by Rob Williams on October 11, 2016 in Graphics & Displays
We discovered a couple of months ago that NVIDIA’s GeForce GTX 1060 delivers excellent 1080p performance and admirable 1440p performance, so what happens when ASUS straps on an even larger cooler and gives the card an overclock? Well, we get the Strix, an LED-equipped beast of a card that runs cool and quiet.
Thanks to the fact that DICE cares more about PC gaming than most developers, the Battlefield series continues to give us titles that are well-worth benchmarking. While Battlefield 4 is growing a little long in the tooth, it’s still a great test at high resolutions. Once Battlefield 1 drops, we’re sure to replace BF4.
Testing: The game’s Singapore level is chosen for testing, as it provides a lot of action that can greatly affect the framerate. The saved game we use starts us off on an airboat that we must steer towards shore, at which point a huge firefight commences. After the accompanying tank gets past a hump in the middle of the beach, the test is stopped.
Just as we’d expect, the ASUS Strix edition GTX 1060 is a bit faster than the Founders Edition. Given the close frame rates in both games, I’d wager that no one would notice the difference between the two cards, but we’d of course always recommend going with the option that is going to give the best performance overall. A huge gain might not be seen here, but it could be in other titles… such as Crysis 3?
Like Battlefield 4, Crysis 3 is getting a little up there in years. Fortunately, though, that doesn’t matter, because the game is still more intensive than most current titles. Even though the game came out in 2013, if you’re able to equip Very High settings at your resolution of choice, you’re in a great spot.
Testing: The game’s Red Star Rising level is chosen for benchmarking here, with the lowest difficulty level chosen (dying during a benchmarking run is a little infuriating!) The level starts us out in a broken-down building and leads us down to a river, where we need to activate an alien device. Once this is done, the player is run back underneath a nearby roof, at which point the benchmark ends.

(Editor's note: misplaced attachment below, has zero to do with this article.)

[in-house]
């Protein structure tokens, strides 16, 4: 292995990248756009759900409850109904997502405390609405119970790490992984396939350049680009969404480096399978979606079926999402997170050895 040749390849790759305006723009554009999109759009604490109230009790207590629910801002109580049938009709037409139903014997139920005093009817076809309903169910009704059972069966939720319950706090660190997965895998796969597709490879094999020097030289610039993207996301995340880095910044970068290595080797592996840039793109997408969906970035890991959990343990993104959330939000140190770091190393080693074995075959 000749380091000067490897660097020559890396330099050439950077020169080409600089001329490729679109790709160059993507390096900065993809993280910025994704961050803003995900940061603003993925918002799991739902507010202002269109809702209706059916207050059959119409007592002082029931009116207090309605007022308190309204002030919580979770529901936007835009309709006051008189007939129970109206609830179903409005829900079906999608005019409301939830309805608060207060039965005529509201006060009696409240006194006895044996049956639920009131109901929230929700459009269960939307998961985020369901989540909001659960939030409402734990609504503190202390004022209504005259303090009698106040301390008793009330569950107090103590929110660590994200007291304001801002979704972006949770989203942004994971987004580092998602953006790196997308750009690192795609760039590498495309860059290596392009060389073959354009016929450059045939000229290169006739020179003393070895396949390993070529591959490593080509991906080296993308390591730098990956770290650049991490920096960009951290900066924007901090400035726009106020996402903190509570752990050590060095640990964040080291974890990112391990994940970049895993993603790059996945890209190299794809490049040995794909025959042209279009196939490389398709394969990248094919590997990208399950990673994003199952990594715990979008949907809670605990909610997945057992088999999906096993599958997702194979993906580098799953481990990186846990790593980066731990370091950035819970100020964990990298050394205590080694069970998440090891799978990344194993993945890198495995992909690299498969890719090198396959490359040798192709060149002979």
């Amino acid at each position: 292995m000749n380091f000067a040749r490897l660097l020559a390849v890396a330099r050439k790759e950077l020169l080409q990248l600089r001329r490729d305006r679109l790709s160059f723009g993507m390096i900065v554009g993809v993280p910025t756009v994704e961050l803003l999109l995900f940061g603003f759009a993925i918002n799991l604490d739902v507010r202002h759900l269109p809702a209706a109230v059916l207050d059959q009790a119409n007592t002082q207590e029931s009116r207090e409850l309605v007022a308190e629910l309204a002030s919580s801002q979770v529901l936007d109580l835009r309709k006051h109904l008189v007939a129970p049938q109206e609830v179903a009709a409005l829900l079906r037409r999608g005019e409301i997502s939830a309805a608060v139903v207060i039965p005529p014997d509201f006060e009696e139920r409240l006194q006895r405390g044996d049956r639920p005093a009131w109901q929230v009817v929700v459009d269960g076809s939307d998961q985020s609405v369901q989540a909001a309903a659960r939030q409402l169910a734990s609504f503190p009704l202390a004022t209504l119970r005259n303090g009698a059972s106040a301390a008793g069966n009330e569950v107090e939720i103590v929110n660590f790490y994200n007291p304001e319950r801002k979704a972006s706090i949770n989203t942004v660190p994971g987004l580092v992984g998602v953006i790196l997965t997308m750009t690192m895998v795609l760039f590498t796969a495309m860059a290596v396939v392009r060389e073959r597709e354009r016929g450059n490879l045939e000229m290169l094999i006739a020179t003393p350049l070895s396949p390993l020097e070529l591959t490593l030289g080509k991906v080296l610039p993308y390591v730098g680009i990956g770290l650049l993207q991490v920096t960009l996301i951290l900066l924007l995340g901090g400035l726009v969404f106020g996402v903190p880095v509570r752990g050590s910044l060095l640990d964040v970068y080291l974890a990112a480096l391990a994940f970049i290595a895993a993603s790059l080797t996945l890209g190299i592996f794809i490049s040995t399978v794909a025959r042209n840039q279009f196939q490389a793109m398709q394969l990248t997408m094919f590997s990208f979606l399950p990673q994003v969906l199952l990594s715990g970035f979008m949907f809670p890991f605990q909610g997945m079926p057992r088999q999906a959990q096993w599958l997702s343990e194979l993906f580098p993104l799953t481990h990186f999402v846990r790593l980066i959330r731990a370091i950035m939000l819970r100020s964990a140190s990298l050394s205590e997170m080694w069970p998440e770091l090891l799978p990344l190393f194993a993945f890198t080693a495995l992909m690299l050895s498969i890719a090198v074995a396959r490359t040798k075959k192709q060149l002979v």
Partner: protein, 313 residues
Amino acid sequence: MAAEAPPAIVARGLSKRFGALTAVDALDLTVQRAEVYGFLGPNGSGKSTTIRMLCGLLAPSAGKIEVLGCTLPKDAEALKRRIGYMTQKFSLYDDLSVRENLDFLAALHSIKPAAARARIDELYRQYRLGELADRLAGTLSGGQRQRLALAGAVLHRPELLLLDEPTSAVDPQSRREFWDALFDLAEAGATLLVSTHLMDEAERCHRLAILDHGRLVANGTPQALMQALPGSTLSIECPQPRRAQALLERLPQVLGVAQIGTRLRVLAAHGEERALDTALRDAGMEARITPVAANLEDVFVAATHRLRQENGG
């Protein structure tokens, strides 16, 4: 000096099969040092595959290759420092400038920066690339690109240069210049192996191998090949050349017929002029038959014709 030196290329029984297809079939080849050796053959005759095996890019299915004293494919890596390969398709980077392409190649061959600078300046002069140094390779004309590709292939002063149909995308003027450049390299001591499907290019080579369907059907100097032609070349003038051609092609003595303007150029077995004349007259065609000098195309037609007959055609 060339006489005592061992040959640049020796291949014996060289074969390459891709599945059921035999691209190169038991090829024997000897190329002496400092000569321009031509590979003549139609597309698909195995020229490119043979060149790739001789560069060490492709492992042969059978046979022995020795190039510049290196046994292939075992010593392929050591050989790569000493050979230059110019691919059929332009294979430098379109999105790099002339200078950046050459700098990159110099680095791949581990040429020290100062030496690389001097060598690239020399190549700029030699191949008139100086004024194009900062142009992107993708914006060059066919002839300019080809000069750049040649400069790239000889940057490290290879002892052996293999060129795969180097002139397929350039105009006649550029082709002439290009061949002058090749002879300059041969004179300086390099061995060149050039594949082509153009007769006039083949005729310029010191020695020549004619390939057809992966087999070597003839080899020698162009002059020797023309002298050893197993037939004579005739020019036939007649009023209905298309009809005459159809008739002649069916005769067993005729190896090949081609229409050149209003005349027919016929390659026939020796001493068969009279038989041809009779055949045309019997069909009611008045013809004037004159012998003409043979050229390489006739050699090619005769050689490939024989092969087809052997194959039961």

With Crysis 3, you can begin to see why we called the GTX 1060 a “Great” card for 1080p gaming on the first page of this review. Here, the frame rates were undeniably great, but can we still say that about forthcoming games? There’s not a ton of leeway before we begin seeing sub-60 FPS performance. At 1440p, the card still performs admirably, but the settings would have to be dropped quite significantly to deliver that 60 FPS we seek so bad.
DOOM 3 was released a couple of months before Techgage launched (March 1, 2005, for the record), and it was a game featured in our GPU testing right from the get-go. For this reason, this latest DOOM feels a bit special, even though it follows DOOM 3 up eleven years later. As we hoped, the game proves to be more than suitable for GPU benchmarking.
Testing: Due to time constraints, an ideal level could not be chosen for benchmarking. Instead, our test location starts us off at the bottom of a short set of stairs early on in the game, where we must climb them, open up a door, and then go to a big room where demons are taken care of and the benchmark is stopped.
DOOM is no problem for the GTX 1060 at 1080p, or even 1440p, considering 60 FPS can still be hit. That’s at High detail, to boot. It’s like this card was made for this game.